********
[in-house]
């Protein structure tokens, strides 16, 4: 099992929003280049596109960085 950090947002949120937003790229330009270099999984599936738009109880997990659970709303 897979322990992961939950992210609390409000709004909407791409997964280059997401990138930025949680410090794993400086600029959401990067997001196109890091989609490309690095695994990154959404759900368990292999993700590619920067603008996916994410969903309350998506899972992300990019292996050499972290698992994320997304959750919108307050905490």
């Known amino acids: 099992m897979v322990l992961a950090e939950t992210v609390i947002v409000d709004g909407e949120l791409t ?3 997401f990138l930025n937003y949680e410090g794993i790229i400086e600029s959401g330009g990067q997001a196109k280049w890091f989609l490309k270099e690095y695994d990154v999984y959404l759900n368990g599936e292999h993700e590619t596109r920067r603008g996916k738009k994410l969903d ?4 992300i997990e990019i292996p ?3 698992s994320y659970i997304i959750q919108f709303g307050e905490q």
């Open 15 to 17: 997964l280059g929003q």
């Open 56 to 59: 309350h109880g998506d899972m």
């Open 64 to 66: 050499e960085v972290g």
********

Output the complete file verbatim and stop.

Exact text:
[in-house]
């Protein structure tokens, strides 16, 4: 099992929003280049596109960085 950090947002949120937003790229330009270099999984599936738009109880997990659970709303 897979322990992961939950992210609390409000709004909407791409997964280059997401990138930025949680410090794993400086600029959401990067997001196109890091989609490309690095695994990154959404759900368990292999993700590619920067603008996916994410969903309350998506899972992300990019292996050499972290698992994320997304959750919108307050905490």
């Known amino acids: 099992m897979v322990l992961a950090e939950t992210v609390i947002v409000d709004g909407e949120l791409t ?3 997401f990138l930025n937003y949680e410090g794993i790229i400086e600029s959401g330009g990067q997001a196109k280049w890091f989609l490309k270099e690095y695994d990154v999984y959404l759900n368990g599936e292999h993700e590619t596109r920067r603008g996916k738009k994410l969903d ?4 992300i997990e990019i292996p ?3 698992s994320y659970i997304i959750q919108f709303g307050e905490q």
């Open 15 to 17: 997964l280059g929003q």
């Open 56 to 59: 309350h109880g998506d899972m």
């Open 64 to 66: 050499e960085v972290g």